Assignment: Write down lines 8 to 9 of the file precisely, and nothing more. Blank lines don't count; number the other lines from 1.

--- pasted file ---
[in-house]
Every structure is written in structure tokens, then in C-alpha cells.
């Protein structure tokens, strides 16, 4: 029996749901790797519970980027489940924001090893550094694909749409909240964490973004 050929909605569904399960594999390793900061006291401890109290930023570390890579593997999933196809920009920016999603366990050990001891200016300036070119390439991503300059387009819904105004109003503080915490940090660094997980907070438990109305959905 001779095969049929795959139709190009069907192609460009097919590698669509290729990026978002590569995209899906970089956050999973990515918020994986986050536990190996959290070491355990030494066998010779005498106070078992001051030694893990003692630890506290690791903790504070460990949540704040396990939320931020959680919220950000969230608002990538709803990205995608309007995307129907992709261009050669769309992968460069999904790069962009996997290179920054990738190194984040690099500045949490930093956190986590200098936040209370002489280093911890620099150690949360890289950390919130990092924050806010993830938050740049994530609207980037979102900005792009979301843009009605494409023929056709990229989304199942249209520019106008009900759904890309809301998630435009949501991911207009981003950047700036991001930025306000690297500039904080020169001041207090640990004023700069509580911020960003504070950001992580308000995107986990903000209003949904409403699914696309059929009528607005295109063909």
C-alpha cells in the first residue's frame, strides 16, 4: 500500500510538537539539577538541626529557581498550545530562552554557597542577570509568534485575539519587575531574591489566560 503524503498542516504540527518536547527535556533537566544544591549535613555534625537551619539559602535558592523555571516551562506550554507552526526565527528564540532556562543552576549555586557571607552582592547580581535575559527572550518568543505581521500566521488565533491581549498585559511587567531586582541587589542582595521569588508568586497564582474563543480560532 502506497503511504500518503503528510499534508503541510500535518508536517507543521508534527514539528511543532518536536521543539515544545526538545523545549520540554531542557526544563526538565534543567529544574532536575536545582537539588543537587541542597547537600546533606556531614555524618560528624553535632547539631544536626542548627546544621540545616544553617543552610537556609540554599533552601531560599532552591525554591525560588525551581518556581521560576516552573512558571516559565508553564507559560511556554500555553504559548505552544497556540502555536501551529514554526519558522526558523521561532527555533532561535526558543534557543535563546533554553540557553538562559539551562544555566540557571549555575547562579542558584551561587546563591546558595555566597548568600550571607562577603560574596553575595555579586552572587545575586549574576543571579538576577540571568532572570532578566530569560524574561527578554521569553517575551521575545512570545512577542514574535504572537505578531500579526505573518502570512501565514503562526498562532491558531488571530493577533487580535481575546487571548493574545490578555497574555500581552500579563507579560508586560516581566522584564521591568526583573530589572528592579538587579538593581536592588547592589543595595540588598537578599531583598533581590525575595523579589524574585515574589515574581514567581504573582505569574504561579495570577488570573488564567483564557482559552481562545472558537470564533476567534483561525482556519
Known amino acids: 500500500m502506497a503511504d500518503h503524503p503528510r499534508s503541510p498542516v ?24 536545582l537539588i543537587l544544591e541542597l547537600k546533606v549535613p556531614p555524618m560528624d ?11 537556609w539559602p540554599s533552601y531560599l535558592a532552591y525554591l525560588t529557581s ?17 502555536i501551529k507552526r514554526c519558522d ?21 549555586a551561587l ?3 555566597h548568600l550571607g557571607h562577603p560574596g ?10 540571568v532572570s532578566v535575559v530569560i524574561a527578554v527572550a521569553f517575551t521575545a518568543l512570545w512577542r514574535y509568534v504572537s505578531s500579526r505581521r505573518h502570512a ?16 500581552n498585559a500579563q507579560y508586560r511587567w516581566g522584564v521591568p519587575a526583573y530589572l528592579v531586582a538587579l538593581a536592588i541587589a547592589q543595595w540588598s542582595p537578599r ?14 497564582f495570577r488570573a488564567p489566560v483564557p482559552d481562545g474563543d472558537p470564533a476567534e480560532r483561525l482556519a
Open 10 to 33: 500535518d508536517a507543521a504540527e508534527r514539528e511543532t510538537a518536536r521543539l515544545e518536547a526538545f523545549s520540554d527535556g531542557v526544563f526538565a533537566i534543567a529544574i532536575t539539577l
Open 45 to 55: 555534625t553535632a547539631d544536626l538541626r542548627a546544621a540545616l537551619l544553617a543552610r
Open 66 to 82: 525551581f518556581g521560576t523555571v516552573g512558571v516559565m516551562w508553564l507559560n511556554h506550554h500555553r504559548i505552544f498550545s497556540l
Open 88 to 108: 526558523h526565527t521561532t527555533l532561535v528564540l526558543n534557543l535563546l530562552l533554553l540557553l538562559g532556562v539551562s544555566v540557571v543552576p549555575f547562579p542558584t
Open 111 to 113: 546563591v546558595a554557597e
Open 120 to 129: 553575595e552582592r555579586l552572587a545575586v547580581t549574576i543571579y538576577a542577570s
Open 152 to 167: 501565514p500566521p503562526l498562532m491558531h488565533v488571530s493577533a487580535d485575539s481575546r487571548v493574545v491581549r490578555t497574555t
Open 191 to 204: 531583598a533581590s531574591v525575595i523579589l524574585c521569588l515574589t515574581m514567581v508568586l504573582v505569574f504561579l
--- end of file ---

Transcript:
Open 66 to 82: 525551581f518556581g521560576t523555571v516552573g512558571v516559565m516551562w508553564l507559560n511556554h506550554h500555553r504559548i505552544f498550545s497556540l
Open 88 to 108: 526558523h526565527t521561532t527555533l532561535v528564540l526558543n534557543l535563546l530562552l533554553l540557553l538562559g532556562v539551562s544555566v540557571v543552576p549555575f547562579p542558584t